The home side, meanwhile, moved level on points with their opponents as a result of this thoroughly merited win, one which took them out of the relegation places from an encounter which made up in excitement what it lacked in quality.
“We have to keep going,” said Morton manager David Hopkin. “Our main focus at the start of the season was to stay in the league with the budget we have but we have young players now at 19 and 20, who are starting to turn into men.
“We just need to keep plugging away and be hard to play against, but we showed another side in coming back from 1-0 down. Our mentality was fantastic.”
Dunfermline winger Dom Thomas, making his debut on loan from Kilmarnock, tested home goalkeeper Danny Rogers with a free-kick from the far corner of the penalty area before the weather contrived to undermine the match as a spectacle.
The Cappielow pitch was heavy enough to begin with but when the heavens opened shortly after kick-off, the turf began to cut up badly.
Rogers did well again, diving low to his right to keep out a snapshot from Kevin Nisbet, the visitors’ top scorer but, possibly hampered by the conditions, he was culpable when the Pars took the lead midway through the first half, spilling a shot from Gabriel McGill into the path of the inrushing Euan Murray, who had a simple finish from close range.
The hosts mounted a spirited fightback and Ryan Scully produced notable saves to deny Lewis Strapp and Jim McAlister. Their persistence paid off when Robbie Muirhead nodded Luca Colville’s cross back across goal for Kyle Jacobs to head emphatically home from 12 yards.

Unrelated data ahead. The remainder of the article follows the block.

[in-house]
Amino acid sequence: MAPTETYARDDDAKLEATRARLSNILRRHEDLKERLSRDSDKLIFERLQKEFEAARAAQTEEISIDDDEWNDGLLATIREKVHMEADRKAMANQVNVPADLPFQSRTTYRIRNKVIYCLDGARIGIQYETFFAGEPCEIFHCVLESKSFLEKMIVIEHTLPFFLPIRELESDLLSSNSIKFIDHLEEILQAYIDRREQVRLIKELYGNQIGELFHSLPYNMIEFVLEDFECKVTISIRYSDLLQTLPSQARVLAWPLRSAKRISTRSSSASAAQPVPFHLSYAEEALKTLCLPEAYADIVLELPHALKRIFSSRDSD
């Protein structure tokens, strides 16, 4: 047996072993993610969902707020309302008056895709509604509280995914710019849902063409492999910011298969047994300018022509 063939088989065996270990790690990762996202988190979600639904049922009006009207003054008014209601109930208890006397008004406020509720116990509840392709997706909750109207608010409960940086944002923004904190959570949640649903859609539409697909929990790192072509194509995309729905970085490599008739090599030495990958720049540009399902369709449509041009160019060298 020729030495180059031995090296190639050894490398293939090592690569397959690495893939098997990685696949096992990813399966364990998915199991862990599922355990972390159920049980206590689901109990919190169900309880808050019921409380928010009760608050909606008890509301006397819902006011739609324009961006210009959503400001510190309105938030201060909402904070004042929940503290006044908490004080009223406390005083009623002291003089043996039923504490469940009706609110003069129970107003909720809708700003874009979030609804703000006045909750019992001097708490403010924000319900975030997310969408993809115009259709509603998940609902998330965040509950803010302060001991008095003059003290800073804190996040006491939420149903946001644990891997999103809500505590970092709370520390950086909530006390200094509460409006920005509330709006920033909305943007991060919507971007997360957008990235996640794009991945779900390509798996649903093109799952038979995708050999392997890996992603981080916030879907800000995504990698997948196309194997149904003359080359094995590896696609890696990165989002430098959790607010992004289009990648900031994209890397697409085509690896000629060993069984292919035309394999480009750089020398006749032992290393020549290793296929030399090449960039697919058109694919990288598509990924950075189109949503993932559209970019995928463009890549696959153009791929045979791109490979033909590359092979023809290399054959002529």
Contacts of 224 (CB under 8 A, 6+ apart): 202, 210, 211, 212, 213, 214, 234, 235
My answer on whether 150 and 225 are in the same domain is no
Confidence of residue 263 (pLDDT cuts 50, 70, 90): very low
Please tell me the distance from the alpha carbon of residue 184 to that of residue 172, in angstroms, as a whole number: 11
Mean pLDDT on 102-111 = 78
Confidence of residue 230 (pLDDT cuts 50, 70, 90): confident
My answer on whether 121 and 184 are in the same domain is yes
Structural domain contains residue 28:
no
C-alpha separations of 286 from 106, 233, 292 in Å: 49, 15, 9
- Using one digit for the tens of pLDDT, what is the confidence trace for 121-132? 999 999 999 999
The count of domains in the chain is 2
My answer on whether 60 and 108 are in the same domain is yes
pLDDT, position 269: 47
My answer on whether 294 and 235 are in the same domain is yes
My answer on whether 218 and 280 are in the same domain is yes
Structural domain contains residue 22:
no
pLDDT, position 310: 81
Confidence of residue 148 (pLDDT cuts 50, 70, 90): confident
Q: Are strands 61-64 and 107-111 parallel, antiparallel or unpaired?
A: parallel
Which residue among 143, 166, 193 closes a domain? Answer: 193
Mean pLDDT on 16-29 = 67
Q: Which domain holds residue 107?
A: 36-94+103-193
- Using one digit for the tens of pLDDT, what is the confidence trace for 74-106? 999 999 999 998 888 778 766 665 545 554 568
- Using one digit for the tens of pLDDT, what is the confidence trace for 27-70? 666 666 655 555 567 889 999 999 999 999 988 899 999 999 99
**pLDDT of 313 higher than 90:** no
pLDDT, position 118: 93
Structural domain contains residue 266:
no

Dunfermline failed to regain their composure during the interval and they fell behind five minutes after the restart when McAlister’s late run into the box was picked out by another Colville delivery and the midfielder’s emphatic downward header beat Scully.
The Fifers never really looked like restoring parity and Jacobs secured all three points with his second goal, a header from point-blank range by Nicky Cadden’s corner which Scully ought to have claimed. Nisbet’s stoppage-time free-kick, while spectacular, proved to be a mere consolation.
“I thought we were excellent in the first half-hour, when we scored a very good goal,” said Dunfermline manager Stevie Crawford. “That seemed to upset Morton, who came after us and had a good spell at the end of the first half.
“It’s important, when that happens, to ride it out but we lost a poor goal to allow them right back into the game.
“People say that winning becomes a habit but losing can be hard to break out of as well.”